A 52-year-old man presented with progressive decrease in vision of both eyes over one year. He had been smoking one pack of cigarettes a day for 15 years and used to take four to nine drinks of sugarcane-derived distilled beverage (41% alcohol content) per week. On examination, his best-corrected visual acuity was 0.8 in both eyes. His pupils were isocoric and sluggish to light stimulation. Intraocular pressure was 17 mmHg in the both eyes. Dilated fundoscopic examination showed bilateral temporal optic disc pallor and RNFL loss in the papillomacular bundle. Goldmann visual field testing showed bilateral centrocecal scotoma. Stratus-OCT examination disclosed RNFL loss in the temporal quadrant of both eyes and a small increase in the RNFL thickness at the 5 o'clock-hour meridian 30−0 segment in both eyes [Fig. 2].
A 39-year-old man presented with blurred vision in both eyes over a period of seven months. He had smoked one pack of cigarettes per day for the last 15 years and used to drink 200 ml of sugarcane-derived distilled beverage drink (41% alcohol content) per day over the last year. His best-corrected visual acuity was 0.2 in each eye. Pupillary examination was within normal limits.
Dilated fundoscopic examination showed mild temporal optic disc pallor and RNFL loss in the papillomacular bundle of both eyes [Fig. 3]. Goldmann visual field testing showed bilateral central scotoma. Stratus-OCT examination showed a small decrease in the RNFL thickness of the inferotemporal quadrant and a markedly increased RNFL thickness in the inferior quadrant of the right eye. OCT disclosed only increased RNFL measurements in the superior quadrant of the left eye [Fig. 3].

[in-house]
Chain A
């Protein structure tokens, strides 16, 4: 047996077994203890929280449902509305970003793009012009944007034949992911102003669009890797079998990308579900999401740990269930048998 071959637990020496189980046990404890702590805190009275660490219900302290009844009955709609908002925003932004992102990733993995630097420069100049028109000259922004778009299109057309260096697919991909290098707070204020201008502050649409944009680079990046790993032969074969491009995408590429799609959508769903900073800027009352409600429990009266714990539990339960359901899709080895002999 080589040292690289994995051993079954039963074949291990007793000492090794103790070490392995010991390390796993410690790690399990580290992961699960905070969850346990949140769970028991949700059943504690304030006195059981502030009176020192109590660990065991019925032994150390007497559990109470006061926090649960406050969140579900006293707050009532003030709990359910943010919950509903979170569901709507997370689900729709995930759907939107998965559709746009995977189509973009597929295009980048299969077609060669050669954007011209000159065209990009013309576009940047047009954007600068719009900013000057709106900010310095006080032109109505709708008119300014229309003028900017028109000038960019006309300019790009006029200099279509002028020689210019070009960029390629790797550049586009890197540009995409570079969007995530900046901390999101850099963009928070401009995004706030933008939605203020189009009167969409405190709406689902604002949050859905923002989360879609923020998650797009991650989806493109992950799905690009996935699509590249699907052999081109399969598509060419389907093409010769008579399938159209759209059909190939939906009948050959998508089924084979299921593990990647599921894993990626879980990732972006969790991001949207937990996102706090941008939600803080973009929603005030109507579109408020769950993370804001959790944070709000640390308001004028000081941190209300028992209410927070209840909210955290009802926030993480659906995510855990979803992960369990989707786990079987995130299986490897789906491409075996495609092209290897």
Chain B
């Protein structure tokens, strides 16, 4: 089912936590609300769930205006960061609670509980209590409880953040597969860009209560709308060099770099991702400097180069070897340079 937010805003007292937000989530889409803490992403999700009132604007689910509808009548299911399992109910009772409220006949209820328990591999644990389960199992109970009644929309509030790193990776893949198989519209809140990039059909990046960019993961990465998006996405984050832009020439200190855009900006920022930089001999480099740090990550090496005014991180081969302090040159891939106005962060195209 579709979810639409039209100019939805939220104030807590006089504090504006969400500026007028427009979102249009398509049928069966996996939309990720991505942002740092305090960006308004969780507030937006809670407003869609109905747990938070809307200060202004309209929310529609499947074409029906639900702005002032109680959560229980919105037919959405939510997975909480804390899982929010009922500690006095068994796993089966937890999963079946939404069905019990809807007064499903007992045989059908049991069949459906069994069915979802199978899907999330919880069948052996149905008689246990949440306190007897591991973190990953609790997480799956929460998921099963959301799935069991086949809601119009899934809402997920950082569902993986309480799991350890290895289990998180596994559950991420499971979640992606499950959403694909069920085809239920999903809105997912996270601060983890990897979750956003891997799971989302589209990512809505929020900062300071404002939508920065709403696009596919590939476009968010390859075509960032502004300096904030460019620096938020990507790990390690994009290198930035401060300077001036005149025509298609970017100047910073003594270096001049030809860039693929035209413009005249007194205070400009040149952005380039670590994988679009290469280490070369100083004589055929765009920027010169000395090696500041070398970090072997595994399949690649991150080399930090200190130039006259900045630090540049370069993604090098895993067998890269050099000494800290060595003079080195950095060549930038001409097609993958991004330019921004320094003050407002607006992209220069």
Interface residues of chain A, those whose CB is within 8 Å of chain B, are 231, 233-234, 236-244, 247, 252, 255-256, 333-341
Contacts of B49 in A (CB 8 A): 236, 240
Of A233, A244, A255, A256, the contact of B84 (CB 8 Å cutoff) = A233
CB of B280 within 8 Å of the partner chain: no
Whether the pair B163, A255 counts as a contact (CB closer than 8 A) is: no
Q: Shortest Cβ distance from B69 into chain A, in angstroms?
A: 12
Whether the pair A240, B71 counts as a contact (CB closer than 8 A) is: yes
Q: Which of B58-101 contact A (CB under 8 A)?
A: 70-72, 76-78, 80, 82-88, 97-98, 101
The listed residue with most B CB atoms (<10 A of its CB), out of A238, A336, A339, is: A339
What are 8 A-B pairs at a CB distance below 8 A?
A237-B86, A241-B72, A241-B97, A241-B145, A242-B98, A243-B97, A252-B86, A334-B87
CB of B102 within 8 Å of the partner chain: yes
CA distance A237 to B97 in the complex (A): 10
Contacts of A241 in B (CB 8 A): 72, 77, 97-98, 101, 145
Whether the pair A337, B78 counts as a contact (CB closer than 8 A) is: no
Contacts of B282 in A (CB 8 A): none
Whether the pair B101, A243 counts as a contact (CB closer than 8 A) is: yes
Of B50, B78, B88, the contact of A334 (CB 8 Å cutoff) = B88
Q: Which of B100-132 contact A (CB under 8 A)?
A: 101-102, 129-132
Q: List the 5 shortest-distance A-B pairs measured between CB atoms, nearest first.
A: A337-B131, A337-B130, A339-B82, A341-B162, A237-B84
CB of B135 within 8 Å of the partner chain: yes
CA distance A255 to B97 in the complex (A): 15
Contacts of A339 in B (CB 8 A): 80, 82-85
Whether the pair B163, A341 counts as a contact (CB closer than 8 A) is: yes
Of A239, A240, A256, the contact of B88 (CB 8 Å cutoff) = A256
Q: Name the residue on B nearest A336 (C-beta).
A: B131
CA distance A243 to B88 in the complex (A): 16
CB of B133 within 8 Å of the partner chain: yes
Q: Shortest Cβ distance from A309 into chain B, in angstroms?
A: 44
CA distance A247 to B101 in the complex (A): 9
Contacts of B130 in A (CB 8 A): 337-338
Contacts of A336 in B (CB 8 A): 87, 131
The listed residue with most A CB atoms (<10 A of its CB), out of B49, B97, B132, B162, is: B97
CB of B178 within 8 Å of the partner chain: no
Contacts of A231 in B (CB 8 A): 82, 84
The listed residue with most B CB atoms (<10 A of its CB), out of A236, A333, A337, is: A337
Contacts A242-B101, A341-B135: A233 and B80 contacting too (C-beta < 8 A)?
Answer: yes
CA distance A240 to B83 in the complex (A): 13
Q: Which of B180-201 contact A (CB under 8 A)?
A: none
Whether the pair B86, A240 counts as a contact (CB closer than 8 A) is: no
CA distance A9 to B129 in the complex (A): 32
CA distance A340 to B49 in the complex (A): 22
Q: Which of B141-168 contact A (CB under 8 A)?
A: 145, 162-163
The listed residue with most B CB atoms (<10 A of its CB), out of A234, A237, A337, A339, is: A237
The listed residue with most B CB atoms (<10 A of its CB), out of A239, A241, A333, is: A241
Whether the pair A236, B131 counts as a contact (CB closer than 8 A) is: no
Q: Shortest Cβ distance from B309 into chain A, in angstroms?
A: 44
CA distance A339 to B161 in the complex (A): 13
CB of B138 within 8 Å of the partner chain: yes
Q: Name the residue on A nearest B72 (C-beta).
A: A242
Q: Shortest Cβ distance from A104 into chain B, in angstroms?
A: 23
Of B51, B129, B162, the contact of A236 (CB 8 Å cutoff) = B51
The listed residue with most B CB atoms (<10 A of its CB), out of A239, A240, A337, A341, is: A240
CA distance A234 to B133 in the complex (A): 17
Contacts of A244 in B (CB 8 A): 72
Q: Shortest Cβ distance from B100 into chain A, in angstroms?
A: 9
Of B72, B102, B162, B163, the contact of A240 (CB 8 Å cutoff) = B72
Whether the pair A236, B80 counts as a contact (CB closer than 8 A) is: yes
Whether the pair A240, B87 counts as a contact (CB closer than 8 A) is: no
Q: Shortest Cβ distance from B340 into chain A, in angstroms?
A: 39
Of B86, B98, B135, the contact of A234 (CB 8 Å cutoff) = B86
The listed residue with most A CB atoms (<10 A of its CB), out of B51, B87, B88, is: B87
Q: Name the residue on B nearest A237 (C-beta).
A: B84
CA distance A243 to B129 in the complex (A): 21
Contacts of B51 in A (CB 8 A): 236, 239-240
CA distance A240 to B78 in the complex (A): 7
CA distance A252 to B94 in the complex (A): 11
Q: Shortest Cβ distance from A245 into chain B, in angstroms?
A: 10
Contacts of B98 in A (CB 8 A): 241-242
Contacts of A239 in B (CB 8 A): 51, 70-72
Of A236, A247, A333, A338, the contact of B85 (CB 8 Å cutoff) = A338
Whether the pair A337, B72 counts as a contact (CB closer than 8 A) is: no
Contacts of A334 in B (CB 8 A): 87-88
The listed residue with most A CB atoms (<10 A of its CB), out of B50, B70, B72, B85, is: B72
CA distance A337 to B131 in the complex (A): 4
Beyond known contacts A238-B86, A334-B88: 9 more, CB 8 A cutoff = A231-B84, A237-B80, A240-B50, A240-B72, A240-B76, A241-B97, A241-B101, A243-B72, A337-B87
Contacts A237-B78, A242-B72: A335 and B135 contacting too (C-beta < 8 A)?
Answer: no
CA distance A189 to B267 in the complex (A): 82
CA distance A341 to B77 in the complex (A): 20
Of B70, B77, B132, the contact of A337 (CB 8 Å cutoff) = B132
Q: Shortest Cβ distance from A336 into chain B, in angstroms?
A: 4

Tobacco-alcohol-induced toxic optic neuropathy is a syndrome characterized by papillomacular bundle damage, central or cecocentral escotoma and progressive visual function loss. Although it has been classically considered to be optic neuropathy, the primary lesion site has not actually been localized to the optic nerve and may possibly originate in the retina, chiasm, or even the optic tracts. The pathogenesis of tobacco-alcohol-induced toxic optic neuropathy is probably multifactorial but malnutrition associated with alcohol intake and heavy smoking are probably the most important factors.
Two of our three cases with tobacco-alcohol-induced toxic optic neuropathy had a history of heavy alcohol intake and dietary deficiencies (Cases 1 and 2). In these cases, Stratus-OCT RNFL thickness of the temporal quadrant was decreased. This pattern is in agreement with RNFL loss documented by red-free retinography and with the visual defect seen in our patients. Our third case also had a history of heavy alcohol and tobacco use. In this case, however, despite the presence of temporal RNFL loss observed on ophthalmoscopy, Stratus-OCT did not reveal a correspondent reduction. On the contrary, it showed increased RNFL thickness measurements (represented as white color in the normative database display) suggesting RNFL edema, as reported by Kee and Hwang. We agree with those authors that in the early stages of toxic optic neuropathies, disc and RNFL edema may be seen in some patients, especially in acute poisonings like methanol poisoning. Such occurrence may be the reason for overestimation of RNFL thickness measurements with resultant absence of temporal RNFL loss in the Stratus-OCT printout of our Case 3. Although visual loss was not acute when we examined him, optic neuropathy would probably be active due to uninterrupted alcohol ingestion.
In conclusion, Stratus-OCT assessment --is capable of identifying RNFL loss in the papillomacular bundle of patients with late-stage tobacco-alcohol-induced toxic optic neuropathy. However, in some cases, the technology may fail to show RNFL defect even in patients with visual loss of more than one year duration, presumably because the RNFL defect is masked by RNFL edema. Therefore, clinicians must be careful when interpreting the Stratus-OCT printout and be aware of the possibility of RNFL measurement overestimation in order to avoid diagnostic confusion in patients with tobacco-alcohol optic neuropathy.